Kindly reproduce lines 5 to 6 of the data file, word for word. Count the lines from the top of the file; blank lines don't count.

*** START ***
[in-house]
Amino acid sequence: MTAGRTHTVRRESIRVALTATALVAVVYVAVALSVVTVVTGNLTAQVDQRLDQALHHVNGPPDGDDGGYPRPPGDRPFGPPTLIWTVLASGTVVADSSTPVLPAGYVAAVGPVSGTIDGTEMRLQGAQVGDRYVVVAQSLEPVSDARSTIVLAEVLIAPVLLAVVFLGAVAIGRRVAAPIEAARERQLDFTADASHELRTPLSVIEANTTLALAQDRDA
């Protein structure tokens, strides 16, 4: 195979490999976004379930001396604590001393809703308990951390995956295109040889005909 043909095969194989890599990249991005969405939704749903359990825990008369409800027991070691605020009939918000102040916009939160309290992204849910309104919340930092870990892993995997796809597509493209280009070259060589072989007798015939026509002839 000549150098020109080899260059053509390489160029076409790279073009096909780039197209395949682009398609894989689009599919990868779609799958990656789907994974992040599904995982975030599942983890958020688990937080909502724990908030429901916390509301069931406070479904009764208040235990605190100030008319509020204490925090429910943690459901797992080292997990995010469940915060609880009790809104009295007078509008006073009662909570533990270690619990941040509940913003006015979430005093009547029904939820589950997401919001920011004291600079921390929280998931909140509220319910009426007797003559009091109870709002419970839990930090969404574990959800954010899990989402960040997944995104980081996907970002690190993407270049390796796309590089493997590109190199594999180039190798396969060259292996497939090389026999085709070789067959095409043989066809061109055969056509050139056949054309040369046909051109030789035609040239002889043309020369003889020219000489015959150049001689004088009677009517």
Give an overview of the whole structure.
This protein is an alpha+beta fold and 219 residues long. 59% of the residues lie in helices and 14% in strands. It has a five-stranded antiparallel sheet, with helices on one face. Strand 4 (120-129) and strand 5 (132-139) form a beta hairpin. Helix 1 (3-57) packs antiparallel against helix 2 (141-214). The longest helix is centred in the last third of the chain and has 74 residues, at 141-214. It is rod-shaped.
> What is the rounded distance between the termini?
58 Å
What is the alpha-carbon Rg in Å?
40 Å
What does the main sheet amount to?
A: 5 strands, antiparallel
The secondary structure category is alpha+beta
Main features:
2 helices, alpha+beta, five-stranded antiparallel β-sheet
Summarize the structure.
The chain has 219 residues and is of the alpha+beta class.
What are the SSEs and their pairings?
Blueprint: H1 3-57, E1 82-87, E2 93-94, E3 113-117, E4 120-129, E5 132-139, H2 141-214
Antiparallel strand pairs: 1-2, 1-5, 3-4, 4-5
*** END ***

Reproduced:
This protein is an alpha+beta fold and 219 residues long. 59% of the residues lie in helices and 14% in strands. It has a five-stranded antiparallel sheet, with helices on one face. Strand 4 (120-129) and strand 5 (132-139) form a beta hairpin. Helix 1 (3-57) packs antiparallel against helix 2 (141-214). The longest helix is centred in the last third of the chain and has 74 residues, at 141-214. It is rod-shaped.
> What is the rounded distance between the termini?